Similarly, in poll-bound Haryana, the Hooda family has weighed in again but not before threatening the party high command to float another party, if Hooda senior was not made the election-in-charge. This preceded a long-drawn infighting between state president Ashok Tanwar, considered to be an able organisational man, and Bhupinder Singh Hooda over the question of leadership.
Soon after Deepender supported abrogation of Article 370, his father Bhupinder organised a rally in which he said that the Congress party has lost its way and he would not hesitate to chart his own route.
Not merely infighting
The problem runs deep in the Congress, which looks scattered and beleaguered in the face of one defeat after another. What is being classified as an assertion struggle between the old guard and young turks stems from the way Congress has operated over the years. Political scientist Rajni Kothari in his seminal paper ‘Congress ‘system’ in India’ argued that the party, in independent India, built itself by accommodating and co-opting local elites and interest groups.
The leaders came from these interest groups who built a long, complicated chain of patron-client relationships. Political practice of the party, in the process, became largely transactional instead of ideological.
“This arrangement assured the leader a chunk of support at the constituency level, which, coupled with party support, led them to victory. Under frontal assault from the BJP, this model has failed to motivate and attract cadres,” former Centre For Policy Research fellow Ashish Ranjan wrote in The Wire recently. His field work in Maharashtra showed that with a large-scale exit of leaders from the Congress to other parties, almost all of their client base also switched sides with them.
Leaders like Scindia, Hooda, or Pilot are essentially using this ‘system’ to bargain for greater power, leading to what one may call a war between different interest groups in the Congress. Having spent almost a lifetime in the party, they are well-aware of both the advantages and problems of the party.
As infighting grows, the BJP-led Centre, meanwhile, has already upped its ante. The ED swiftly moved to arrest Ratul Puri, Kamal Nath’s nephew, in an alleged Rs 345 crore bank fraud case. A couple of days ago, the MHA also cleared a CBI proposal to reopen some 1984 anti-Sikh riots cases, in which Kamal Nath has been named as one of the accused persons. One already knows about others who are in line.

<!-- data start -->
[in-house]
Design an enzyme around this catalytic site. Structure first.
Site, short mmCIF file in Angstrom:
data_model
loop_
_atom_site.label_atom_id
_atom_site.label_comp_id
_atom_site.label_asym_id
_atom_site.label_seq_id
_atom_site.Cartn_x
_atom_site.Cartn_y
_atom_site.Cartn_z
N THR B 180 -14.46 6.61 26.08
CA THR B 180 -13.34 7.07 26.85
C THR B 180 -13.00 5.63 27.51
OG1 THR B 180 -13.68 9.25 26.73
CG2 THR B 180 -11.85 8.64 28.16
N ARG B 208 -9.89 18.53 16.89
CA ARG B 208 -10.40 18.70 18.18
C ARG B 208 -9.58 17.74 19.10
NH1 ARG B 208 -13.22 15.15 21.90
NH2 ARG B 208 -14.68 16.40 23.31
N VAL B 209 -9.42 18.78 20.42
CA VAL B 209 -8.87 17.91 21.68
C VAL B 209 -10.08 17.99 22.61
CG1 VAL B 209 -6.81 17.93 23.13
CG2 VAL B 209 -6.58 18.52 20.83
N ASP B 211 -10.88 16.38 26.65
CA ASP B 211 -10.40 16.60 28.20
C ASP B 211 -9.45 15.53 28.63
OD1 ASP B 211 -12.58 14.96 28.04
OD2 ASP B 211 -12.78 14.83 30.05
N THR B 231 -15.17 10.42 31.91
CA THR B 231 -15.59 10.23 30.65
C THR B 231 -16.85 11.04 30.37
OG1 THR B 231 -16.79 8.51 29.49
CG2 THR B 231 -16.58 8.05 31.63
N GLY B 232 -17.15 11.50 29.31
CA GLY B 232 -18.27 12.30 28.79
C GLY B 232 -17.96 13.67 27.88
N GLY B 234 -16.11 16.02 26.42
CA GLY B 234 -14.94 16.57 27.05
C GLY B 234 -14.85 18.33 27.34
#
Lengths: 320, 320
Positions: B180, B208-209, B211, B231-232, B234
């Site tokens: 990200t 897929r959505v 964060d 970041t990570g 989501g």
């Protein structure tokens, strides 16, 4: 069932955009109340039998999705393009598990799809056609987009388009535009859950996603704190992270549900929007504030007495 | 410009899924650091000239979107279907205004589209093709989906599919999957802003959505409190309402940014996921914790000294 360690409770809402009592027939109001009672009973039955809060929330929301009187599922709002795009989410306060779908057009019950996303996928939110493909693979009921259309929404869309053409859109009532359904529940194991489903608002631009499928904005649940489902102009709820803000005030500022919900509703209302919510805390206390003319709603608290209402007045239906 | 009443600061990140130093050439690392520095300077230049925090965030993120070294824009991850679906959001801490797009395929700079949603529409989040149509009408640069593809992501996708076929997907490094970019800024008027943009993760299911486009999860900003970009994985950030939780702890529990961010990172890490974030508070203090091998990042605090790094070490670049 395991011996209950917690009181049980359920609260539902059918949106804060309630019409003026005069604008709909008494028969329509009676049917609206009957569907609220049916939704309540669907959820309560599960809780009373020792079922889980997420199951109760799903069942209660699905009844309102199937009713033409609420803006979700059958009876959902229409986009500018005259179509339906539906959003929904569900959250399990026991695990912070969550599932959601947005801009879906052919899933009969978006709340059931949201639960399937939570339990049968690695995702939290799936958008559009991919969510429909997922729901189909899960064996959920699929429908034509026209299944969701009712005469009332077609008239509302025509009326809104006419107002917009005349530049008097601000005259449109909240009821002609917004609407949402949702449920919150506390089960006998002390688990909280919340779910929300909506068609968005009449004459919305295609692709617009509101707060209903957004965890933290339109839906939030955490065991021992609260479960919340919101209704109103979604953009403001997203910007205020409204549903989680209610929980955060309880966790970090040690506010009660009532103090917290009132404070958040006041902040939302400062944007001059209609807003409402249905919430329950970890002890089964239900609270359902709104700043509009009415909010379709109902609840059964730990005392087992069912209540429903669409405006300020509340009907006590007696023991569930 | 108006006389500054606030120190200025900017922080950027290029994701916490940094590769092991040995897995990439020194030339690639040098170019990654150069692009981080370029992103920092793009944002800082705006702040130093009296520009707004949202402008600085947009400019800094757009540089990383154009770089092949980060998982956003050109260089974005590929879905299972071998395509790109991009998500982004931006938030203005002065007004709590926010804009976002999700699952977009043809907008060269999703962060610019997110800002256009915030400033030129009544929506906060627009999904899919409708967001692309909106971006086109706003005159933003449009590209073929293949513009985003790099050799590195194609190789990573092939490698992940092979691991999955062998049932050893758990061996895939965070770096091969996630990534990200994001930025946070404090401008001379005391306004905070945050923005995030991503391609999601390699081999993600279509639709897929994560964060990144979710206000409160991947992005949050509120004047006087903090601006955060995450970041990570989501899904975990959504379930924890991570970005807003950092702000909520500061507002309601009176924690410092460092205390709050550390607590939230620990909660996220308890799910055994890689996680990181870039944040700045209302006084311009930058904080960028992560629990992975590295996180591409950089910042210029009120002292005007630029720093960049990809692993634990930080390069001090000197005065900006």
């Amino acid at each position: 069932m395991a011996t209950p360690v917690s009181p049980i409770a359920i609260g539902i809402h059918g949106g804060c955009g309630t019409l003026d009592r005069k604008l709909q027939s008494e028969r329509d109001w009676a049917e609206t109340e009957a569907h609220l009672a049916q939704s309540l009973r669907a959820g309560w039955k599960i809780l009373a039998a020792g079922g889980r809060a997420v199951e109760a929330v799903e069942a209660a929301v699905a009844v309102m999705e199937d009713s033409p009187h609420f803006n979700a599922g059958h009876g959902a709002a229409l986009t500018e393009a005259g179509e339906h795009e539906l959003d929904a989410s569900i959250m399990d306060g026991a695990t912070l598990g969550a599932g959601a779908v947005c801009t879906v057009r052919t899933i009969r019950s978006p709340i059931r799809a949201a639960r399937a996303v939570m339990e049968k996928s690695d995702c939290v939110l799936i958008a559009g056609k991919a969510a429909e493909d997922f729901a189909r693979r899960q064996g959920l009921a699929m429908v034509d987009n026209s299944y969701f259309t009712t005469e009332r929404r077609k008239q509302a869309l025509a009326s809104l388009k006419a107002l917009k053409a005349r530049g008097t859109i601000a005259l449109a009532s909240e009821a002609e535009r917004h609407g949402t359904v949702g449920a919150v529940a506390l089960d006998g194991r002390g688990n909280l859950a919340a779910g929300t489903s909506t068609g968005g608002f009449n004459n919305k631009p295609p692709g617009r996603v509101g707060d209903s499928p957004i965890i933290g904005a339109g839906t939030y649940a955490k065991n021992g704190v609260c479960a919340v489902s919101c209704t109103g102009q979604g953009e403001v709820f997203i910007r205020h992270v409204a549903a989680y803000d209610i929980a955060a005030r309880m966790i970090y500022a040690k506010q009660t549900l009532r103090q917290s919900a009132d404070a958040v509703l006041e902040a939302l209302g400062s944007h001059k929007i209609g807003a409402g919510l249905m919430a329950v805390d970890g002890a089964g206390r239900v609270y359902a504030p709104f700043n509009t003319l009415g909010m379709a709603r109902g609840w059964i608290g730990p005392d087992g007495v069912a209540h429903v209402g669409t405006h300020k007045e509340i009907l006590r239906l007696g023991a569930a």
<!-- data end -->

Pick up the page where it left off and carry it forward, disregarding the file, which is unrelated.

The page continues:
The saffron party has also finished one round of campaigning in the poll-bound states of Maharashtra and Haryana and galvanised various interest groups which were disgruntled. It has also been organising almost mass-level defections from the Congress. The grand-old party is the worst hit in Maharashtra, where a number of senior party leaders have joined the BJP, merely weeks before the assembly elections.
At the meeting on Thursday, apart from lambasting the Union government for its alleged vendetta politics and its multiple failures on the economic front, Sonia Gandhi sent across a stern message to party workers.
“We are soon going to have elections in three states. The situation is challenging and it is only if we keep party interests and nothing else other than party interests uppermost in our minds, that we will regain our lost position.”
She added that the party has a “special responsibility” in Punjab, Rajasthan, Madhya Pradesh, Chhattisgarh and Puducherry – states where it is in power. “These states must stand out as examples of sensitive and responsive governance, accountable and transparent administration. We must be seen to be fulfilling our manifesto commitments. If not, we will lose people’s support with obvious consequences.”
Gandhi may have attempted to impart some discipline to the party, give it a temporary structure, and motivate workers. But the biggest challenge for her will be to carefully balance different power centres within the Congress ‘system’ – a political arrangement that is bound to crumble in the face of BJP’s frontal attacks.